Nonnucleoside Reverse-Transcriptase Inhibitors
Data on use of nonnucleoside reverse-transcriptase inhibitors during pregnancy are limited, but nevirapine and efavirenz readily cross the placenta in primates. Use of efavirenz in the early stages of pregnancy is not recommended because birth defects (anencephaly, anophthalmia, or cleft palate) occurred in 3 of 20 monkeys (15 percent) born after exposure during the first trimester of pregnancy. However, use during the later stages of pregnancy may be considered for women in whom other regimens have failed. Delavirdine at high doses has been associated with heart defects in rodents and should therefore, like efavirenz, be used only during the later stages of pregnancy. Nevirapine is the nonnucleoside reverse-transcriptase inhibitor that has been used most commonly during pregnancy, primarily close to the time of delivery.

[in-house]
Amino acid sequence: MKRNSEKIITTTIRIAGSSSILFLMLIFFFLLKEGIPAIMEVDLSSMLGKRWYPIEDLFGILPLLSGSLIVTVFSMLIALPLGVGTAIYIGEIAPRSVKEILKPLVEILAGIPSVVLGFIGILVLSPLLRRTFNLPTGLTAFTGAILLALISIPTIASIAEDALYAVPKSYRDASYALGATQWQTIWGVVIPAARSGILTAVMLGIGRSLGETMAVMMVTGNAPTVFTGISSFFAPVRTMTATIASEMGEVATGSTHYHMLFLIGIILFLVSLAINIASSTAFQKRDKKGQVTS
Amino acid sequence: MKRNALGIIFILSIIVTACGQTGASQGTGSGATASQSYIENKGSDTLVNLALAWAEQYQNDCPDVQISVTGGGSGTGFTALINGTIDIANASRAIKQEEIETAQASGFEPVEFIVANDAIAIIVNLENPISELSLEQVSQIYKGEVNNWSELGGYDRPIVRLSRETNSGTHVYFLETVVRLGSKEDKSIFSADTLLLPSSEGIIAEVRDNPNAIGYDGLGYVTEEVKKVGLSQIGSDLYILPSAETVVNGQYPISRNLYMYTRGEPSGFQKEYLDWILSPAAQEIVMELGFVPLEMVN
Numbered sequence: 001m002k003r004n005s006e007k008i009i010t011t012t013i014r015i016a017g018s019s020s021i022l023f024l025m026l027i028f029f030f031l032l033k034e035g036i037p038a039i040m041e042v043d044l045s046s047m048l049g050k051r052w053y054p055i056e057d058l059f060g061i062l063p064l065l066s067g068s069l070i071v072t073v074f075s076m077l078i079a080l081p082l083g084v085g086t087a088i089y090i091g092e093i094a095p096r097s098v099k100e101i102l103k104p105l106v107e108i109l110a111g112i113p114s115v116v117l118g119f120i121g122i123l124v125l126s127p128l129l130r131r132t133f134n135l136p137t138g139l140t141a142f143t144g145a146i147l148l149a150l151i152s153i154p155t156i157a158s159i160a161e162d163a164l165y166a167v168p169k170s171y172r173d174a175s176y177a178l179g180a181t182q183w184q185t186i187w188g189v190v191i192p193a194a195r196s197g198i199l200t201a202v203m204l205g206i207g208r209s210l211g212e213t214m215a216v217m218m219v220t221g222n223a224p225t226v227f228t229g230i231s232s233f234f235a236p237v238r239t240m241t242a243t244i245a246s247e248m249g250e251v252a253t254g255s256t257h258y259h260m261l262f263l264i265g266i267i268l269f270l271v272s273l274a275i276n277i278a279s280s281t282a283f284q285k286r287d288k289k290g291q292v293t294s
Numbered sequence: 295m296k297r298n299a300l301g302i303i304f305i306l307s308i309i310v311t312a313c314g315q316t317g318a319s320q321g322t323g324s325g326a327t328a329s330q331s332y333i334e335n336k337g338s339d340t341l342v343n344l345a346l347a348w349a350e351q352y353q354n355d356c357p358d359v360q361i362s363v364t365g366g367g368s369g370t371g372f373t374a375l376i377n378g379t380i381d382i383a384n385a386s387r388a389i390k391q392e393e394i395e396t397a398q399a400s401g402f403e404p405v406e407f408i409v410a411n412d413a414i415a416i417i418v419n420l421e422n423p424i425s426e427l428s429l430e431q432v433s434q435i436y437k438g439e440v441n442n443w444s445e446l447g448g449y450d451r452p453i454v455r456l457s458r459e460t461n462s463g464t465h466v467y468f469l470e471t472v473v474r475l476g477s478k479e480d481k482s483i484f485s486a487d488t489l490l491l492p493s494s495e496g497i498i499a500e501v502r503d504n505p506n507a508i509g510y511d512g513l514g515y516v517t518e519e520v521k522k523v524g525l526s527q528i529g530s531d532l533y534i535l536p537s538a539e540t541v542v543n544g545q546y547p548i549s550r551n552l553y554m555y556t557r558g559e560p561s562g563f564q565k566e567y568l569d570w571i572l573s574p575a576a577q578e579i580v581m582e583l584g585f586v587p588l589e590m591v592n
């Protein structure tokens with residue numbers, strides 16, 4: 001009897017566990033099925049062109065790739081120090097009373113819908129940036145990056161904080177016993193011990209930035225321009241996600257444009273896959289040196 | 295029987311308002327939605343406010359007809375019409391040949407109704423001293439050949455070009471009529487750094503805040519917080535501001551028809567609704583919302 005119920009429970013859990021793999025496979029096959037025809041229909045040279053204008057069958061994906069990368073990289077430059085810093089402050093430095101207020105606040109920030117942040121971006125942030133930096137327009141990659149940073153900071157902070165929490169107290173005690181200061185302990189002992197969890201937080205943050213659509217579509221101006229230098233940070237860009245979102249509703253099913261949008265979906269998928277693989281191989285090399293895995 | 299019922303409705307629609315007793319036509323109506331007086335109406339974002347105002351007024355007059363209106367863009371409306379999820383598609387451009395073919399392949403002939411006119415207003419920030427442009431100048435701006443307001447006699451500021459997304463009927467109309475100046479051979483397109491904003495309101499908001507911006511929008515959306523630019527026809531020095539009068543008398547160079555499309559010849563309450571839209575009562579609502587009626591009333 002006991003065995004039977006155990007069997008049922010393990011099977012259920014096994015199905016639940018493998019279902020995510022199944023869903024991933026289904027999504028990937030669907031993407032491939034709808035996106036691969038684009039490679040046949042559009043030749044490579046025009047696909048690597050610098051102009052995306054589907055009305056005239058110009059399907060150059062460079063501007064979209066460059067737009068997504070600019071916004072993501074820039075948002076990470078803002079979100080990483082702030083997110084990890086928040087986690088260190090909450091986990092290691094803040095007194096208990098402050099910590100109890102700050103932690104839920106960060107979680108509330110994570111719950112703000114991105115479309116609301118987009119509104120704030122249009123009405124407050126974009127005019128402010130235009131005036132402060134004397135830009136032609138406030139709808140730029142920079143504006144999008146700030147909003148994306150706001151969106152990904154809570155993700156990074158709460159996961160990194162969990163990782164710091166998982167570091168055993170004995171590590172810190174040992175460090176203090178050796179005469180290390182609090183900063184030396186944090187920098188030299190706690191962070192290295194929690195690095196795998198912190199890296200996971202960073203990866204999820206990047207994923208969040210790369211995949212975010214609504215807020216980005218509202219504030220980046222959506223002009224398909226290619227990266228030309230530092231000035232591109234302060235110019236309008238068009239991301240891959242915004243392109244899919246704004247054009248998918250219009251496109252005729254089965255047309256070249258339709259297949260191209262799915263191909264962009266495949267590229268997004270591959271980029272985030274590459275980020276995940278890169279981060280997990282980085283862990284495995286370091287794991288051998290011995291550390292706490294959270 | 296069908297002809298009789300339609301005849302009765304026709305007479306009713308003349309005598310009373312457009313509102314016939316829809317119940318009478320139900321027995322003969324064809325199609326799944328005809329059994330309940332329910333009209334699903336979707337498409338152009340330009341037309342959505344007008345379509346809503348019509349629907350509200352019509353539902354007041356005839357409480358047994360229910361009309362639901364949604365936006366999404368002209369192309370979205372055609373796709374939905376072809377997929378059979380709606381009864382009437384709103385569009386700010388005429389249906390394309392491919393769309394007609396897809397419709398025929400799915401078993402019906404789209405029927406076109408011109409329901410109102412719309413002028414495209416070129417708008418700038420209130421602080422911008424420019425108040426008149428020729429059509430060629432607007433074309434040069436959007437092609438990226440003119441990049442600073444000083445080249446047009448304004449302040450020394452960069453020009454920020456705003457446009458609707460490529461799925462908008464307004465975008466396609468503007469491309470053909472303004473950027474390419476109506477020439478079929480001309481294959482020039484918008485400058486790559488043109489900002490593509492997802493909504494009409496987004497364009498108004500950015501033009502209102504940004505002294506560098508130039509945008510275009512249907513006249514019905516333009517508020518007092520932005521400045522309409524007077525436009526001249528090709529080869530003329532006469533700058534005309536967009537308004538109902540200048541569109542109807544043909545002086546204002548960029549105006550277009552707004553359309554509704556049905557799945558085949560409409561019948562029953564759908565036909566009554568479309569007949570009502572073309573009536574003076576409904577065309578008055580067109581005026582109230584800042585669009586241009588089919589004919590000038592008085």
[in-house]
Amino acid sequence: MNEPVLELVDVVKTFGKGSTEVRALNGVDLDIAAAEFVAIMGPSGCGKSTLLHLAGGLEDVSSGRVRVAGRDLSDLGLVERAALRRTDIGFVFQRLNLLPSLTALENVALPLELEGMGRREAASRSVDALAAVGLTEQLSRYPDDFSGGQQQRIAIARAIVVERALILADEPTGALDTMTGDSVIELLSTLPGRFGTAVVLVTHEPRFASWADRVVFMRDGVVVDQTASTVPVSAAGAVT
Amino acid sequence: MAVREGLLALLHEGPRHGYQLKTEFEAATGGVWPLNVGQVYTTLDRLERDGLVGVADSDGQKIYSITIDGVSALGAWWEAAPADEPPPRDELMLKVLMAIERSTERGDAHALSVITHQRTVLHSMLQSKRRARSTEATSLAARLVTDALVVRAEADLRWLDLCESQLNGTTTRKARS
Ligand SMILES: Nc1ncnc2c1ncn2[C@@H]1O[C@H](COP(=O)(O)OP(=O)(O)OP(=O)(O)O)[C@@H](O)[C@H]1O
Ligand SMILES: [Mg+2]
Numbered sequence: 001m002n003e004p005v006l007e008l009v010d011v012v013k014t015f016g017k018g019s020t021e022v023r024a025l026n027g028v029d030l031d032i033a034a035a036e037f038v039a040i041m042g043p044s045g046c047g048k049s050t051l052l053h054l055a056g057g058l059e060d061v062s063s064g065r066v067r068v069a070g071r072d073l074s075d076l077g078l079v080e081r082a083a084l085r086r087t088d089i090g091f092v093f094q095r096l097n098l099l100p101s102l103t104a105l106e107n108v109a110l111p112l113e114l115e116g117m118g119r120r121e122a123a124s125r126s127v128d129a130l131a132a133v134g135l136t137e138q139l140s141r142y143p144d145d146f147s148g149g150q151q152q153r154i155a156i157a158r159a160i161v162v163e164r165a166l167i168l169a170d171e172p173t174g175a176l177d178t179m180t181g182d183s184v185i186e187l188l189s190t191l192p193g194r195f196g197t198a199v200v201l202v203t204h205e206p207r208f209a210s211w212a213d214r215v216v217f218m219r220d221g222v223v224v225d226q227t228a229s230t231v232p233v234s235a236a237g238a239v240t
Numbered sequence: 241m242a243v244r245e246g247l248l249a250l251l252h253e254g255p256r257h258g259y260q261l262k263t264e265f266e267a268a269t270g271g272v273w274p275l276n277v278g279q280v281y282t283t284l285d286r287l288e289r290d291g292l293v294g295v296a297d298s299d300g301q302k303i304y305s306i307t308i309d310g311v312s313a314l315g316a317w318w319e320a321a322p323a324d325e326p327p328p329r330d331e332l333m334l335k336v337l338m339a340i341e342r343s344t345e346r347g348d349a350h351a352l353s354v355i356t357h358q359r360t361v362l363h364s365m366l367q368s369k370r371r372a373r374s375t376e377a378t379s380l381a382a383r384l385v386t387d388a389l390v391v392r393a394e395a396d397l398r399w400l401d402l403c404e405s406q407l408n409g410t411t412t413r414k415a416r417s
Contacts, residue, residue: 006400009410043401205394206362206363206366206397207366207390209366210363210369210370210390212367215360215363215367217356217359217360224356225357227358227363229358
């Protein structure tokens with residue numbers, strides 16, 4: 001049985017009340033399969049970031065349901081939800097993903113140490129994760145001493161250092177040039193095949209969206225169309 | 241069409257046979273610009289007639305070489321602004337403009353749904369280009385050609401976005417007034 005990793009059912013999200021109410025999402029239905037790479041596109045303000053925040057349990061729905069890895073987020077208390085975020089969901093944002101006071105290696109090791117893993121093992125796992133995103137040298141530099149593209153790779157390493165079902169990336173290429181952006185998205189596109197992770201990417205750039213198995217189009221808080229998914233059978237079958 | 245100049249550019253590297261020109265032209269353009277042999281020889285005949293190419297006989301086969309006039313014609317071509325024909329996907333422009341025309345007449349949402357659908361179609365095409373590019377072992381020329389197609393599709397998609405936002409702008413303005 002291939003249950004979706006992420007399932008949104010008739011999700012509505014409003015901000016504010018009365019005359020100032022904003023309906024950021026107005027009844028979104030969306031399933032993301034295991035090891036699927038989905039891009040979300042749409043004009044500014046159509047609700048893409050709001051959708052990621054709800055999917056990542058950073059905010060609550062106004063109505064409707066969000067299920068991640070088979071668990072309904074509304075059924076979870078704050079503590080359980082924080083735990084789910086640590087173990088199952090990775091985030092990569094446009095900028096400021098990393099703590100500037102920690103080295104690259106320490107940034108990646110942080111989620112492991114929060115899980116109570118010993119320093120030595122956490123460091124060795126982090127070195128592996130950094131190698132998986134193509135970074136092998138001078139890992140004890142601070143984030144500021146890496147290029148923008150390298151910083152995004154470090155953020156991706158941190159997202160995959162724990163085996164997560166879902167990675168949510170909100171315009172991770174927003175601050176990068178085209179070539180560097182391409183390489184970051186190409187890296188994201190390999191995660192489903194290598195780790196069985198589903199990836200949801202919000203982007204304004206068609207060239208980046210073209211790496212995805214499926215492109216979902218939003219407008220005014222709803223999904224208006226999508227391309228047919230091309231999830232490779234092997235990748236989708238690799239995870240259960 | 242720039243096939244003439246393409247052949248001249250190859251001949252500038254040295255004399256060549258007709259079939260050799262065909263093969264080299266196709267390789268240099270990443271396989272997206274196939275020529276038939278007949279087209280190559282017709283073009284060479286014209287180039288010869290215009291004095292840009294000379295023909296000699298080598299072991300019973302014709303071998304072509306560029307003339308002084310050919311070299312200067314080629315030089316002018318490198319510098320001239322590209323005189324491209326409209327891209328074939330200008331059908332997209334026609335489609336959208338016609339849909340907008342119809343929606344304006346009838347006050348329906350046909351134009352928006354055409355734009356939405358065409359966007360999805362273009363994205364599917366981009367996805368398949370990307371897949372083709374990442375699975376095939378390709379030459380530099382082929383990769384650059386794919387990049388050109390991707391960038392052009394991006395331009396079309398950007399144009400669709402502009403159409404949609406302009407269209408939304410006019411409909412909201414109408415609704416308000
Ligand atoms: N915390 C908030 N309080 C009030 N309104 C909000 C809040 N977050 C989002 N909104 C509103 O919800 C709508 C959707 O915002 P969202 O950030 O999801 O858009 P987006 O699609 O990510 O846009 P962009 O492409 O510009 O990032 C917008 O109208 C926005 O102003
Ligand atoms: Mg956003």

The most common toxic effect of nonnucleoside reverse-transcriptase inhibitors is rash. Nevirapine-related rash occurs in 17 percent of users and requires an interruption of treatment in 5 to 6 percent. Hepatitis develops in about 1 percent of those who receive nevirapine and may be fatal.
Protease inhibitors are increasingly being used during pregnancy. There appears to be minimal transplacental passage in humans. No specific teratogenic effects have been noted in animals. Optimal dosing of protease inhibitors during pregnancy remains under study. Lower serum concentrations of protease inhibitors have been observed in pregnant patients than in nonpregnant patients, although in most cases, the HIV RNA levels in pregnant women have been suppressed. The toxic effects among pregnant women appear to be similar to those among nonpregnant women. There are insufficient data to support the recommendation of a specific protease inhibitor during pregnancy, although nelfinavir has been used most commonly.
From the Pediatric, Adolescent, and Maternal AIDS Branch, Center for Research on Mothers and Children, National Institute of Child Health and Human Development, Bethesda, Md.
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D. Heather Watts, M.D.
The New England Journal of Medicine